How do we make the most out of our remote work?
I’ve been a location independent entrepreneur for 6 years now and I thought it was time to contribute my experience to the bunch.
Here are my 4 essential advices to conquer the challenging task of working while traveling.
1) Be Strategic
Planning is paramount when it comes to remote working.
Whether you’re traveling for a specific job or moving to another location as a remote worker, you gotta have a plan.
You don’t want to arrive at destination unprepared, having to face issues that are ten times harder to solve abroad and could have been avoided with a more accurate strategy.
There are 4 boxes I make sure to tick before taking off:
- Schedule work in advance. Regardless of your job, organize beforehand your calendar of tasks, meetings, and errands you’ll need to be doing once you arrive at destination.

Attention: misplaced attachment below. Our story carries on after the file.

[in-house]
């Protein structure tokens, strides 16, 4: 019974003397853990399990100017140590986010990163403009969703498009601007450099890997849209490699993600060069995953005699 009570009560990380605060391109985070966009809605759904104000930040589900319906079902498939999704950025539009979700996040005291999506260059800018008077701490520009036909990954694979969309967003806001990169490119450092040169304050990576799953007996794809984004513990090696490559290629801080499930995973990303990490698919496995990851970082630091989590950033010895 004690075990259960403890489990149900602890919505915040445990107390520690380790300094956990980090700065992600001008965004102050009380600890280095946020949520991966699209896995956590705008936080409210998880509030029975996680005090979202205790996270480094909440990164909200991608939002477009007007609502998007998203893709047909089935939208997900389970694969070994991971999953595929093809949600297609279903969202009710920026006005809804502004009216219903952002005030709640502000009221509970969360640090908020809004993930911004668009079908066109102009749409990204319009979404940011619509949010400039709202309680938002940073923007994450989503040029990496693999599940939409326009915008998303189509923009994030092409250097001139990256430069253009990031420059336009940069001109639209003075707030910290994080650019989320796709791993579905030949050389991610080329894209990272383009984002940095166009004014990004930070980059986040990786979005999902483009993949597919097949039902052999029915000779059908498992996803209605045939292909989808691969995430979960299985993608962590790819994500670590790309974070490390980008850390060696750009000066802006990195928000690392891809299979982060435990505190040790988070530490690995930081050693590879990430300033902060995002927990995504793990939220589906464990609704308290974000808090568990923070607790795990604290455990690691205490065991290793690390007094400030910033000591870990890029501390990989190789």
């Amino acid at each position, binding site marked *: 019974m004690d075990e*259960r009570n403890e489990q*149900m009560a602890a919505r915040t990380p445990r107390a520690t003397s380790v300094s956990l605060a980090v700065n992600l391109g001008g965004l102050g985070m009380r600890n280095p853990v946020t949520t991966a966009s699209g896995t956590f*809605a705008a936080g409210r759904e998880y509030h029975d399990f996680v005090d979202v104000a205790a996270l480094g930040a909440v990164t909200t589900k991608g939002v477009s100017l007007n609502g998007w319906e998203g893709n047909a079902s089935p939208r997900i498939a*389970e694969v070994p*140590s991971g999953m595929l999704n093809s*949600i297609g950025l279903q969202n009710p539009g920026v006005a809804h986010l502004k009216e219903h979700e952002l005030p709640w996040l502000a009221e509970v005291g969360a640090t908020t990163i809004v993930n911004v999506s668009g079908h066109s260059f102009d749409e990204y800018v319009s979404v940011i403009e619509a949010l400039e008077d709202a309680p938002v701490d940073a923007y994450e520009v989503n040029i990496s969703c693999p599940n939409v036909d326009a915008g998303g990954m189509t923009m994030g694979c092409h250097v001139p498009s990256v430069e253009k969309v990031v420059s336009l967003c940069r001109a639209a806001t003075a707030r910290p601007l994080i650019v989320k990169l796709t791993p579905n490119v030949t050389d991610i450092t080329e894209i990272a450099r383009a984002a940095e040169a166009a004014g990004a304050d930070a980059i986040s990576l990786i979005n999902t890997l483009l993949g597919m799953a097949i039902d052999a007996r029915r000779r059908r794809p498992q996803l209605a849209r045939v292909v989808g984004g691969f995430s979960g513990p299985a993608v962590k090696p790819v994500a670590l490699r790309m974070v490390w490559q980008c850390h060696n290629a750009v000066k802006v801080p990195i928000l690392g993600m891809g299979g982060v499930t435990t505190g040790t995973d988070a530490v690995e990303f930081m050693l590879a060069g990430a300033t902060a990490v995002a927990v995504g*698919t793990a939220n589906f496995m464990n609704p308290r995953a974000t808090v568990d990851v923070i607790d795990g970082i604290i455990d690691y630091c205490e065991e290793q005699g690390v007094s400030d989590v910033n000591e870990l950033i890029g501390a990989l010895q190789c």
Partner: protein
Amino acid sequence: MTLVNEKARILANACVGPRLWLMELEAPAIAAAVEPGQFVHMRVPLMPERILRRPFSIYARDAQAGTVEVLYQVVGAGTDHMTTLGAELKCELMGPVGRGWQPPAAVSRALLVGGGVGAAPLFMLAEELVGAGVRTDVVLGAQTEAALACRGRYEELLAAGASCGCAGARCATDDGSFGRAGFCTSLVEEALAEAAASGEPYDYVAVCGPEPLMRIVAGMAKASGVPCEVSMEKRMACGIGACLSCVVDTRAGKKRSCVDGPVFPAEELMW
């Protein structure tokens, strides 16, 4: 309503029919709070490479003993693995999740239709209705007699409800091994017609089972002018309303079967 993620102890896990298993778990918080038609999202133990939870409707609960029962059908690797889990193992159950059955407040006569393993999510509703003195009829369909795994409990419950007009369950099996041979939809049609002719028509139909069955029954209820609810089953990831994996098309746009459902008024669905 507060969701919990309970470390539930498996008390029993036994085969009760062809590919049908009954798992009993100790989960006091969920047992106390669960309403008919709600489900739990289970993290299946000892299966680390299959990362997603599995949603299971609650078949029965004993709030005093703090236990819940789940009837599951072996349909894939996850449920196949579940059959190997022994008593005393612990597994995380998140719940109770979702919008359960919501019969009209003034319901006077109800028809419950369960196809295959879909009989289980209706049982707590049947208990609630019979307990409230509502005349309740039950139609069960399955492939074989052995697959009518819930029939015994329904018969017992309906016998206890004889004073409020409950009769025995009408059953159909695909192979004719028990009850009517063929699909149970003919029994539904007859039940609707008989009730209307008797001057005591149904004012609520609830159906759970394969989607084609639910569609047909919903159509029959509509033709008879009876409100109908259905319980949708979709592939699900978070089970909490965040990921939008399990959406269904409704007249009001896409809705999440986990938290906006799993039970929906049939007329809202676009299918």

- Create and bring work and marketing material. This includes tech gear, business cards, brochures, prints, creative tools, samples of your product and anything you know you won’t find where you’re going.
I also find very useful to prepare ahead templates for job applications, graphic work, or email marketing, to name a few.
- Know your local resources: Write a list of all the things, services, people you’ll need once at destination. Then search them online ahead of your trip to make sure they actually have what you need.
- Set up yourself to be mobile-based: make sure you have all your apps, contacts and docs installed, updated and easily accessible, from all your devices.
2) Manage Your Finances
Freelancers don’t have a regular, steady income and every expense counts.
Some months it goes well, some even very well, but other times you’re simply fucking dry. And finding yourself dry abroad is not funny.
In general, financial issues undermine creativity, which is the basics of most freelance work.